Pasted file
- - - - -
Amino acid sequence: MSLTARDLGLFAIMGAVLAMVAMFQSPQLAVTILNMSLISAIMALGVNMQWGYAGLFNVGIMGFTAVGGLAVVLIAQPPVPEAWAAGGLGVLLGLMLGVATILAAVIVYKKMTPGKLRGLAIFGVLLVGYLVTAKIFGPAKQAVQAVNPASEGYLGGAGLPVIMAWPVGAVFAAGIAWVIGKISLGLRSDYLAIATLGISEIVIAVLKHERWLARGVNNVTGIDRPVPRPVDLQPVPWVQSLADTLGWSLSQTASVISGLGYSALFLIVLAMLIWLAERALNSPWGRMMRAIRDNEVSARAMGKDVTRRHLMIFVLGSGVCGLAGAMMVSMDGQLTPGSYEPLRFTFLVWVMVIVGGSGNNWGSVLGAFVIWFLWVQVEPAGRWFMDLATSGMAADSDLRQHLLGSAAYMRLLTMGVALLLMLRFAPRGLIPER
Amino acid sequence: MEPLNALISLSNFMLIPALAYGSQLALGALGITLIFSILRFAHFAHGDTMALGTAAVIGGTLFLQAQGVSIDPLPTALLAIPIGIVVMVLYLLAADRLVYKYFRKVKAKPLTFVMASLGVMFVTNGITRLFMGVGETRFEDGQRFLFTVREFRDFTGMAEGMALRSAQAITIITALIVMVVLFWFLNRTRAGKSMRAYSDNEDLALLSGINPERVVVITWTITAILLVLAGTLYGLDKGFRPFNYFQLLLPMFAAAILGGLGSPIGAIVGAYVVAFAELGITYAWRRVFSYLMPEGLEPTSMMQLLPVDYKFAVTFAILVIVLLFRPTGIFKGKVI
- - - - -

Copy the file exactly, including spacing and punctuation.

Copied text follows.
Amino acid sequence: MSLTARDLGLFAIMGAVLAMVAMFQSPQLAVTILNMSLISAIMALGVNMQWGYAGLFNVGIMGFTAVGGLAVVLIAQPPVPEAWAAGGLGVLLGLMLGVATILAAVIVYKKMTPGKLRGLAIFGVLLVGYLVTAKIFGPAKQAVQAVNPASEGYLGGAGLPVIMAWPVGAVFAAGIAWVIGKISLGLRSDYLAIATLGISEIVIAVLKHERWLARGVNNVTGIDRPVPRPVDLQPVPWVQSLADTLGWSLSQTASVISGLGYSALFLIVLAMLIWLAERALNSPWGRMMRAIRDNEVSARAMGKDVTRRHLMIFVLGSGVCGLAGAMMVSMDGQLTPGSYEPLRFTFLVWVMVIVGGSGNNWGSVLGAFVIWFLWVQVEPAGRWFMDLATSGMAADSDLRQHLLGSAAYMRLLTMGVALLLMLRFAPRGLIPER
Amino acid sequence: MEPLNALISLSNFMLIPALAYGSQLALGALGITLIFSILRFAHFAHGDTMALGTAAVIGGTLFLQAQGVSIDPLPTALLAIPIGIVVMVLYLLAADRLVYKYFRKVKAKPLTFVMASLGVMFVTNGITRLFMGVGETRFEDGQRFLFTVREFRDFTGMAEGMALRSAQAITIITALIVMVVLFWFLNRTRAGKSMRAYSDNEDLALLSGINPERVVVITWTITAILLVLAGTLYGLDKGFRPFNYFQLLLPMFAAAILGGLGSPIGAIVGAYVVAFAELGITYAWRRVFSYLMPEGLEPTSMMQLLPVDYKFAVTFAILVIVLLFRPTGIFKGKVI